With the economics of open mining out of the way, a universe of possibilities opens up. One organization can participate in thousands of blockchains, just like it accesses thousands of (internal or external) databases today. And globally there can be millions (or billions) of blockchains, all serving different purposes and sets of users. But if the world will be filled by so many blockchains, it’s safe to assume that each of them is going to be small.
From monolithic to small blockchains
What do I specifically mean by a “small blockchain”? I mean a blockchain whose scope is restricted to a narrow and specific purpose. This is the polar opposite of catch-all public blockchains like bitcoin and Ethereum, or even the permissioned global bank blockchain that some think is in the offing. It is, in fact, rather more like a regular database, but with a different model of sharing and trust.
Of course, there are many ways in which a blockchain’s scope can be restricted, so I’ll focus here on three simple examples: (a) per-order blockchains, (b) bilateral blockchains, and (c) notarization by hash.
Let’s imagine a blockchain designed to manage the lifecycle of a single container of branded goods, manufactured in China and sold in the US. There can be a bewildering number of parties involved in this process, such as a retailer, agent, distributor, importer, shipping company, manufacturer, licensor and designer, as well as multiple subcontractors, shipping ports, banks, customs agencies and tax authorities. A large amount of information has to flow back and forth between these parties, leading to bureaucratic delays, errors and expenses. In theory, all this could be streamlined using a centralized database, but the question is: who will run it? Considering the gap in geography, culture and legal systems, it may not be easy to find someone that all the parties can trust.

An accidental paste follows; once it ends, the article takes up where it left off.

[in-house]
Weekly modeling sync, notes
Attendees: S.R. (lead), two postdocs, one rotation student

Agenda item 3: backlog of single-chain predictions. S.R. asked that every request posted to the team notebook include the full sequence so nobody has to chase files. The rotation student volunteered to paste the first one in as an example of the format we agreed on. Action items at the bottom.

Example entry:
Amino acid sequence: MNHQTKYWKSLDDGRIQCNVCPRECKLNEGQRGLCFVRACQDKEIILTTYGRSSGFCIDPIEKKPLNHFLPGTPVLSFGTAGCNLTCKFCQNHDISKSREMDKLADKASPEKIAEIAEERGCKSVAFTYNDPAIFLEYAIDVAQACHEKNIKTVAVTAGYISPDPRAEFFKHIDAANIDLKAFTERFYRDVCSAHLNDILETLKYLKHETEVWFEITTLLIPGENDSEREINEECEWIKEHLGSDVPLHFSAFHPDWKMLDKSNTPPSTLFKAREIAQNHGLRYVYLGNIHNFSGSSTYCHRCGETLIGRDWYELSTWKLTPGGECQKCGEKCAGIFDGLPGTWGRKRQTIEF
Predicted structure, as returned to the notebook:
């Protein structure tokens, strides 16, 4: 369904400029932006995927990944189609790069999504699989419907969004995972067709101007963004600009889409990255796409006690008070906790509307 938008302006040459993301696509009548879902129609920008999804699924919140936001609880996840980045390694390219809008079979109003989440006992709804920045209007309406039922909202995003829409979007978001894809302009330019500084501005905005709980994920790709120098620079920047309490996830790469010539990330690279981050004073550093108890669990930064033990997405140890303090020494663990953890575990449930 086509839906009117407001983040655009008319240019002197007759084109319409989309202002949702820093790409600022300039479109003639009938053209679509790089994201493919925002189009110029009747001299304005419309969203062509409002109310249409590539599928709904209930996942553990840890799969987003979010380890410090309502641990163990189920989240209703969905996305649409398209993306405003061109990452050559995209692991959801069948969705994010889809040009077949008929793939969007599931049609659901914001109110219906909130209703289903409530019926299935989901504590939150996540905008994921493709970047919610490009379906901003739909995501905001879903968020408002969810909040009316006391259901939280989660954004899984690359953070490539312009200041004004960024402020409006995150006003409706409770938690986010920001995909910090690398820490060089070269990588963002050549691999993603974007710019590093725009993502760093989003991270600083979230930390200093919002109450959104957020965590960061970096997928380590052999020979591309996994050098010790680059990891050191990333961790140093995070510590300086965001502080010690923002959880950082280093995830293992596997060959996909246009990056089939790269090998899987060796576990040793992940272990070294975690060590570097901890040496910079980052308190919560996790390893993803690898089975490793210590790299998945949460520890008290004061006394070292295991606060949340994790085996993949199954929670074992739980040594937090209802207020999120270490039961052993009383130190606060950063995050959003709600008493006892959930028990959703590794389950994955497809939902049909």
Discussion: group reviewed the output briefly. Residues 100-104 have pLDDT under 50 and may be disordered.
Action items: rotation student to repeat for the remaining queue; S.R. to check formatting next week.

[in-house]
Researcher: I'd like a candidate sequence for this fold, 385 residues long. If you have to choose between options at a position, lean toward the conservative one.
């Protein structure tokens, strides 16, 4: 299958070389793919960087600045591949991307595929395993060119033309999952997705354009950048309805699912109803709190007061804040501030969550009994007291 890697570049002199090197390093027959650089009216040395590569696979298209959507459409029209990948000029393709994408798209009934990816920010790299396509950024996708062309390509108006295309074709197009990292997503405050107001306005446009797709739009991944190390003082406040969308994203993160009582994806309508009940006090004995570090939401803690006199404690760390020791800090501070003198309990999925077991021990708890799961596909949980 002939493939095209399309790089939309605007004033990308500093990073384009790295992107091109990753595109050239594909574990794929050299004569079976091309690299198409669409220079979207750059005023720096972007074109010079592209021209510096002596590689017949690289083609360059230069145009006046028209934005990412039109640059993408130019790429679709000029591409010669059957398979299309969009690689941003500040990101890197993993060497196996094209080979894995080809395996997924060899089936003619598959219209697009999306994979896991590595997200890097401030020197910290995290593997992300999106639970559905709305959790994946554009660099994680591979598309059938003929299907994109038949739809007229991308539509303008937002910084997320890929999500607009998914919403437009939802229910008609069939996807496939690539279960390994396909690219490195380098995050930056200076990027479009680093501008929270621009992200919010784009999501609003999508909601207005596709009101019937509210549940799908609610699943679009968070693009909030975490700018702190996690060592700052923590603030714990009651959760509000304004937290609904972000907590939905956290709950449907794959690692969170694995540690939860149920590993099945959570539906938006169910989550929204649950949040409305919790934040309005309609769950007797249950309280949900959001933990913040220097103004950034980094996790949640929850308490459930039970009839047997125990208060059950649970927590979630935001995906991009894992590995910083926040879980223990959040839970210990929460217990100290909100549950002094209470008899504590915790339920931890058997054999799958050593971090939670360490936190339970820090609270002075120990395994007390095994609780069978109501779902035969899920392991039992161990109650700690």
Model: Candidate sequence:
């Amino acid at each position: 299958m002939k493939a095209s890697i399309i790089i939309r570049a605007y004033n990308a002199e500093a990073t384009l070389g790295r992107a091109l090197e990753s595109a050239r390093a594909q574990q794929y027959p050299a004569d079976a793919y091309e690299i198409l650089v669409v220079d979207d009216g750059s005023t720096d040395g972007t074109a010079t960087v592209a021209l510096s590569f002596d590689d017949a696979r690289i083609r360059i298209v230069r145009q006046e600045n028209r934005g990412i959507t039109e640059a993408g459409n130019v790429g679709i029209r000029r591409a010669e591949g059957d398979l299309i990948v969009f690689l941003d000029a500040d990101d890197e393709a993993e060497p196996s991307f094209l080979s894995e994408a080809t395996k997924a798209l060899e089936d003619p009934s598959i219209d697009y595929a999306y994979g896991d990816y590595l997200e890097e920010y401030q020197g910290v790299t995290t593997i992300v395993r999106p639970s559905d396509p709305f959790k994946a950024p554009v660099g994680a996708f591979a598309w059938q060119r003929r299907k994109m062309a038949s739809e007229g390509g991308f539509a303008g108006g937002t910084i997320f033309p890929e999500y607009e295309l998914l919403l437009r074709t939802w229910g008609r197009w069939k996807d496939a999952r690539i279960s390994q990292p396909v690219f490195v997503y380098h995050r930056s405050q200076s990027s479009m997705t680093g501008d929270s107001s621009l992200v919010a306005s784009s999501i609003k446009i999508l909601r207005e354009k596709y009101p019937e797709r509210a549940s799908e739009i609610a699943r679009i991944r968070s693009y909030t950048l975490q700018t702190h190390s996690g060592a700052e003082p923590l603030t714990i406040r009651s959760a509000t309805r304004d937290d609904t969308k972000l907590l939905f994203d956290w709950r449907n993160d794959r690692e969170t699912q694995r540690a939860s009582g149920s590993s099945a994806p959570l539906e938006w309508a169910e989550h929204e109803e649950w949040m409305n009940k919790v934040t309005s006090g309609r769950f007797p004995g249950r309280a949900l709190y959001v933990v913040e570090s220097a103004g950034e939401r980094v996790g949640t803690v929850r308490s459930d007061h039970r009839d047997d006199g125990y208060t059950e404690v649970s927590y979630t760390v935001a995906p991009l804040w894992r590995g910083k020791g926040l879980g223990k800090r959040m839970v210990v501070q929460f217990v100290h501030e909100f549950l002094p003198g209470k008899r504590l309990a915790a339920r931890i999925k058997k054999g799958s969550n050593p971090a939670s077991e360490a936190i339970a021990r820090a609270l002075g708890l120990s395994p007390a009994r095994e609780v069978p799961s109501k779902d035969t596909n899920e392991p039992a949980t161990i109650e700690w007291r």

Now, much has already been said about how blockchains can simplify coordination in supply chains. A blockchain can be used to record important documentation, digitally signed as appropriate, as well as enable the transfer of digital equivalents of key assets such as a bill of lading or letter of credit. However, putting all of this data on a monolithic blockchain can leak confidential information. For example, if two competing manufacturers use the same shipping company and bank, they could learn a lot about each other’s activities from transactions which involve those counterparties but are not their own.
One solution is to keep all the information relating to a single order in a blockchain which is dedicated just to that order. In this case, the confidentiality problem is much diminished. For example, two competing manufacturers will never participate in the same chain. At the beginning of the process, a new private blockchain can be set up, and connected to by all the participants. This blockchain makes the state of the order visible to all users in real time. And once it is safely delivered and paid for, the order’s blockchain can be decommissioned and archived away, only to be reopened in case of a dispute.